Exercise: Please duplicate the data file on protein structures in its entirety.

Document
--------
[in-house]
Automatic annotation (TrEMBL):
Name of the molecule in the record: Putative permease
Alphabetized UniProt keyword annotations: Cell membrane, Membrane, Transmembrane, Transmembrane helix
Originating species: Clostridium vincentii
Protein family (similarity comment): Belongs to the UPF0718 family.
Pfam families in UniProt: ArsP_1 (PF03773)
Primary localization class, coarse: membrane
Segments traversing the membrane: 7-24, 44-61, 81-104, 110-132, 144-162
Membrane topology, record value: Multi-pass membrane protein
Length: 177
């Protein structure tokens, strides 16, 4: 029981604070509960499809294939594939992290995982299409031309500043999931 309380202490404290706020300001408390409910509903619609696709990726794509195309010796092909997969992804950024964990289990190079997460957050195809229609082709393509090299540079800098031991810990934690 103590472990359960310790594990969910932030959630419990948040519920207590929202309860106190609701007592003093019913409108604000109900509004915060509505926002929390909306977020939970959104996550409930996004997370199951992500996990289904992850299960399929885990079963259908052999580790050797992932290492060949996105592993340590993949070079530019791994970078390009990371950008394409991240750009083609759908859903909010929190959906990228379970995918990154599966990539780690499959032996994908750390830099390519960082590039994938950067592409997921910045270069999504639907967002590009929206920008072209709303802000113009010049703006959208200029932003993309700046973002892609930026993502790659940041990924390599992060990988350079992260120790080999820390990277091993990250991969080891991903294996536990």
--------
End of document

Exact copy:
[in-house]
Automatic annotation (TrEMBL):
Name of the molecule in the record: Putative permease
Alphabetized UniProt keyword annotations: Cell membrane, Membrane, Transmembrane, Transmembrane helix
Originating species: Clostridium vincentii
Protein family (similarity comment): Belongs to the UPF0718 family.
Pfam families in UniProt: ArsP_1 (PF03773)
Primary localization class, coarse: membrane
Segments traversing the membrane: 7-24, 44-61, 81-104, 110-132, 144-162
Membrane topology, record value: Multi-pass membrane protein
Length: 177
């Protein structure tokens, strides 16, 4: 029981604070509960499809294939594939992290995982299409031309500043999931 309380202490404290706020300001408390409910509903619609696709990726794509195309010796092909997969992804950024964990289990190079997460957050195809229609082709393509090299540079800098031991810990934690 103590472990359960310790594990969910932030959630419990948040519920207590929202309860106190609701007592003093019913409108604000109900509004915060509505926002929390909306977020939970959104996550409930996004997370199951992500996990289904992850299960399929885990079963259908052999580790050797992932290492060949996105592993340590993949070079530019791994970078390009990371950008394409991240750009083609759908859903909010929190959906990228379970995918990154599966990539780690499959032996994908750390830099390519960082590039994938950067592409997921910045270069999504639907967002590009929206920008072209709303802000113009010049703006959208200029932003993309700046973002892609930026993502790659940041990924390599992060990988350079992260120790080999820390990277091993990250991969080891991903294996536990």